Monday, April 23, 2012

Riley's Answers

1. Why did Wilmer McLain say the Civil War "began in his front yard and ended in [his] front parlor"?
Wilmer McLain owned a farm in Virginia. The first battle of the Civil War, Bull Run, took place on his property. McLain moved to a different property close to Appomattox Courthouse, also in Virginia. When Lee surrendered to Grant at the end of the war the official proceedings took place in McLain’s new living room.

2. What percentage of the male population died in the Civil War?
According to the Civil War documentary by Ken Burns 2% of the male population died off.

3. How did the friction between states rights and a federal government contribute to the start of the Civil War?
The states thought they had more power to make decisions and the Federal Government thought they should be more powerful. This became very apparent when the question of slavery was raised.
4. Discuss writer Shelby Foote's premise that the "Civil War defines us" as Americans.
Shelby Foote believed that our country was at a crossroads. Although the war was a horrible thing, it shaped us as a nation.
5. Discuss Thomas Jefferson's comment that to keep slavery in the U.S. was like "holding a wolf by the ears.."
Slavery had been an issue since the Revolutionary War. In the documentary it said slavery sat like a coiled snake under the benches of the Constitutional Convention. The Southern States depended on slavery as a workforce if they were to let slavery go the economy would fall.
6. If one in seven Americans were owned by another American and essentially no one in the northern states held slaves, discuss the complexion (literal and figurative) of the population in the South. How did slavery remain as part of the culture?
Slaves were more abundant in the South. This contributed to a different looking population compared to the Northern States where everyone was mostly white.
7. Who is Alexis de Toqueville? How did his 1830s era observations and books inform the non-slave owning world of what America was like?
Alexis de Toqueville was a French political writer. He informed the non slave owning Americans that there really wasn’t equality in America because black people and Native Americans were second class citizens.
8. Who was John Brown?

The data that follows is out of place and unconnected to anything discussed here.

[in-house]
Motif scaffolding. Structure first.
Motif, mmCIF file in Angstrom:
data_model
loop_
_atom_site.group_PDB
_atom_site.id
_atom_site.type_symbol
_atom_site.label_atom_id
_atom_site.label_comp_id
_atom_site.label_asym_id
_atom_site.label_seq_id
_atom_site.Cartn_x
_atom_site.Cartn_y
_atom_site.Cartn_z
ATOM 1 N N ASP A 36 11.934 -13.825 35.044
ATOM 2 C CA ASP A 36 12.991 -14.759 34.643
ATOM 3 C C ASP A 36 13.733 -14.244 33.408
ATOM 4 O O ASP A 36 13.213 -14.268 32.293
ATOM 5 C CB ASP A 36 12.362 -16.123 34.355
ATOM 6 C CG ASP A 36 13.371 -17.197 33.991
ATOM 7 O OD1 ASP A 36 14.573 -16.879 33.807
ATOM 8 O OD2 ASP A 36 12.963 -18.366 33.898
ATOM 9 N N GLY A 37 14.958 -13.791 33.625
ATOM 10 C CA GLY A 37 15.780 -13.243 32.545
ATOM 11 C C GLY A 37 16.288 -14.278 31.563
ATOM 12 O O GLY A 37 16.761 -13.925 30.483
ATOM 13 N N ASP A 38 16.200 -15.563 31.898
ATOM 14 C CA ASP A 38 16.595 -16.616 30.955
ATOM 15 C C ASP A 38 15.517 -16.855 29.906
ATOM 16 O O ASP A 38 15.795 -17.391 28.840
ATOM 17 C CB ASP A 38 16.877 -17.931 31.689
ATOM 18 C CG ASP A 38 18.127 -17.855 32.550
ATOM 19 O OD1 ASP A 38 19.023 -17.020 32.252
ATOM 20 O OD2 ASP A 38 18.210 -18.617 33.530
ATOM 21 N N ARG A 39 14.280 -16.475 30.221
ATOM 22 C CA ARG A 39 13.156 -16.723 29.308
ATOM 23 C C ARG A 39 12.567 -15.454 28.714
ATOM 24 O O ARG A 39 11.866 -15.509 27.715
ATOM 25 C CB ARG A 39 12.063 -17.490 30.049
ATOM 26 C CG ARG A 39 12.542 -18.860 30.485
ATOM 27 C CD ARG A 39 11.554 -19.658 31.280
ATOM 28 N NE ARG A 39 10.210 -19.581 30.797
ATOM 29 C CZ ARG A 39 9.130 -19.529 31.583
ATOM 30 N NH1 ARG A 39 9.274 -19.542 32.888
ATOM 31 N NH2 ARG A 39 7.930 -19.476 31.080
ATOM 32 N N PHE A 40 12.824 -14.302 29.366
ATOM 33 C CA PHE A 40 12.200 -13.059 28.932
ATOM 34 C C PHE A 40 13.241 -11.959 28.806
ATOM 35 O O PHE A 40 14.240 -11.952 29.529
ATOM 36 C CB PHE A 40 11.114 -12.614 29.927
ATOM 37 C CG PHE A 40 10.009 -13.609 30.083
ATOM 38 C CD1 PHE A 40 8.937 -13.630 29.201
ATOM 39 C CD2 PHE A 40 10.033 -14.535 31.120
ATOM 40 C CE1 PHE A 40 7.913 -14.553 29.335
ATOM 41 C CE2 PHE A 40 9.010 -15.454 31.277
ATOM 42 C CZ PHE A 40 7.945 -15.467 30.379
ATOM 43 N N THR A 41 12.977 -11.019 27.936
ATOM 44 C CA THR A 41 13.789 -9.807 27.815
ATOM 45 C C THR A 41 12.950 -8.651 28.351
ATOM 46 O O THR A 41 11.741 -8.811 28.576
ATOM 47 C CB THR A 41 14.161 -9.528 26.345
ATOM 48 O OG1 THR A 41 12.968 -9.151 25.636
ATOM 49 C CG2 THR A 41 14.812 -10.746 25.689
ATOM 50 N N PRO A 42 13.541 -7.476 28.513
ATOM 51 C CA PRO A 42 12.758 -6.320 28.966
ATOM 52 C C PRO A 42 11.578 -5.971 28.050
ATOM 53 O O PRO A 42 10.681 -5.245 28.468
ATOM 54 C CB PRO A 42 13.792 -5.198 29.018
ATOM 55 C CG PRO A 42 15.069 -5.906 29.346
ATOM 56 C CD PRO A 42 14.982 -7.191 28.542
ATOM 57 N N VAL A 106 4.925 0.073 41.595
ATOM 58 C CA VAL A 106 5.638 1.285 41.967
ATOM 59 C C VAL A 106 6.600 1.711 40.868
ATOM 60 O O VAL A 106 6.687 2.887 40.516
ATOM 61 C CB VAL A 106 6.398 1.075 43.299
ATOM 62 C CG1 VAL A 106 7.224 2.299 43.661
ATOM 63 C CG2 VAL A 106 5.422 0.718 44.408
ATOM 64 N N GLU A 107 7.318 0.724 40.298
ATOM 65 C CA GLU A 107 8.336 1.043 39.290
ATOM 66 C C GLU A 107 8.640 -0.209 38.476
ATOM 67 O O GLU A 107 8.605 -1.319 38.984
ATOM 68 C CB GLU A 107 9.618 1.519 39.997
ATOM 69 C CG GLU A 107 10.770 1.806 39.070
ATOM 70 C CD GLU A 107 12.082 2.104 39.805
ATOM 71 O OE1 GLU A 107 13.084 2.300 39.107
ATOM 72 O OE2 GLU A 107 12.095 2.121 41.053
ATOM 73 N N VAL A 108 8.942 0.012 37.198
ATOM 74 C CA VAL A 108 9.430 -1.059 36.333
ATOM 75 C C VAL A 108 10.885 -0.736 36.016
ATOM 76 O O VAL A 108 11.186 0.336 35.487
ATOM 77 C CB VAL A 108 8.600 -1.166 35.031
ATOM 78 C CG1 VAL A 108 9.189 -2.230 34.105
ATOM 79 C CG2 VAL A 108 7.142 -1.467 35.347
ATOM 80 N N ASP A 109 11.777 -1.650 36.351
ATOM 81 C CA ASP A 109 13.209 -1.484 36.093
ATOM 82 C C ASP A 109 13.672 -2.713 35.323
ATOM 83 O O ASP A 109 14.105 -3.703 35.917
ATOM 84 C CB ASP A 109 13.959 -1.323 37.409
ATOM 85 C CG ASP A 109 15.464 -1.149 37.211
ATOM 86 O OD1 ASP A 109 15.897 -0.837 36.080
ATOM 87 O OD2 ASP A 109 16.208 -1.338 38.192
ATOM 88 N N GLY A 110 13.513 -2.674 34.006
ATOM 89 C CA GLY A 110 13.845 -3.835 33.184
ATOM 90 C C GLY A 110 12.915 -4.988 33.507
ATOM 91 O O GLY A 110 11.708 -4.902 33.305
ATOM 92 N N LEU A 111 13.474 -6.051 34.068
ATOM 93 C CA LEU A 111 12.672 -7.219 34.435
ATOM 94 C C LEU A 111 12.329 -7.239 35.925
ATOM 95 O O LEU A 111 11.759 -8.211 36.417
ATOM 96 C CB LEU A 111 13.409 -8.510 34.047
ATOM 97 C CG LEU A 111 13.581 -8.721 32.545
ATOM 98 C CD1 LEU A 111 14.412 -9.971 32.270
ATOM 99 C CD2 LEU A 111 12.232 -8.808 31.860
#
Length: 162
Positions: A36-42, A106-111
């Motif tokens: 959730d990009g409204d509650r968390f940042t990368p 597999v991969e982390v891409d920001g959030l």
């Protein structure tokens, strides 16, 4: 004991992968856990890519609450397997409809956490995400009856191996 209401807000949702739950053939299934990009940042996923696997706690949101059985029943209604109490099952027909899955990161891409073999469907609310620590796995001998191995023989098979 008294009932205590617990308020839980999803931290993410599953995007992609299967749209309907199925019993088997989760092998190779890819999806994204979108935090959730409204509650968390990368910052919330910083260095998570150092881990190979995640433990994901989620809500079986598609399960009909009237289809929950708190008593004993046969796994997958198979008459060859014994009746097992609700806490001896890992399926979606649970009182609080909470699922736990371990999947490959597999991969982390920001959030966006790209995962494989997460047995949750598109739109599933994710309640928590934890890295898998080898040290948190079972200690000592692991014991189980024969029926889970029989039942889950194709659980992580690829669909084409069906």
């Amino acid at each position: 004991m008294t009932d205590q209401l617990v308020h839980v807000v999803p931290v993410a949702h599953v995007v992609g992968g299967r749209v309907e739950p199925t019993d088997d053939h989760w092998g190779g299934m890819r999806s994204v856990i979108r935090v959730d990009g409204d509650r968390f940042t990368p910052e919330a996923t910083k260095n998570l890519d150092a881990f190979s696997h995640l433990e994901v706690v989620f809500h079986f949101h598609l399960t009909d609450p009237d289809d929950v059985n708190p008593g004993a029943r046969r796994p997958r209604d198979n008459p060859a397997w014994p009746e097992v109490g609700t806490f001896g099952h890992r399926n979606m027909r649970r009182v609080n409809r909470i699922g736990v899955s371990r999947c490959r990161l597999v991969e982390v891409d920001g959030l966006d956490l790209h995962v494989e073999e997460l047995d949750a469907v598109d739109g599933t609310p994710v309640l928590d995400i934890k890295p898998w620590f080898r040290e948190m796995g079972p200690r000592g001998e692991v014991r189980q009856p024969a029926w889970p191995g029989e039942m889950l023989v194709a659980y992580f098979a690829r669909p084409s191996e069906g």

John Brown was a unsuccessful businessmen and an abolitionist. He worked in the underground railroad helping slaves escape. He got in trouble in Kansas where he is men murdered pro slavery settlers. He was caught by then Colonel Robert E. Lee at Harper’s Ferry Virginia. He was tried, convicted of murder and hanged. He became a martyr of the North according to the History Channel.
9. Who was William Lloyd Garrison?
William Lloyd Garrison was an abolitionist who ran a militant newspaper, The Liberator. He called for complete freedom for black people. He believed slavery was a sin and people who owned slaves were criminals.
10. Who was Elijah Lovejoy?
Elijah Lovejoy was born in Albion, Maine. He graduated from Colby and he studied to be a minister. He believed in the gradual abolition of slavery and published editorials in St. Louis Missouri. Mobs destroyed his printing press three times. He died defending freedom of speech when a mob tried to seize his printing press for the fourth time according to
11. What is meant by "Bleeding Kansas"?
Bleeding Kansas describes the conflicts that took place while decisions were being made whether Kansas should be admitted to the Union as a free or slave state.

14. How did the presidential election of 1860 lay the groundwork for Civil War?
Lincoln was pro abolition and was not supported by the South. The vote was divided in the South and split the vote. When Lincoln became president the Southern states started seceding.
15. What state was the first to pass a secession bill? What significance does 
this have today, if any?
The first state to pass a secession bill was South Carolina. The Civil War documentary by Ken Burns said the cotton gin made the processing of cotton faster and more slaves were needed. South Carolina was a big cotton state and had the most to lose if slavery was abolished. The Civil War basically ruined their economy. They are still one of the poorer less educated states.

1 comment:

  1. Nicely done, Riley. The image of slavery as a snake coiled under the benches of the high-minded men of the Constitutional Convention conjures both anger and pride. Though we have wrangled that snake in that we have a black president, the venom remains.

    Right about de Tocqueville. Though he said, Americans have no word for peasant because there is no such class, he predicted disaster resulting from our continued reliance on slave labor.

    I know you took a whack at this question in an earlier paper. Are you still interested in how the Civil War still shapes us?

    Good observation about South Carolina today. Can you find evidence of whether they still have such a powerful effect on Southern/National politics?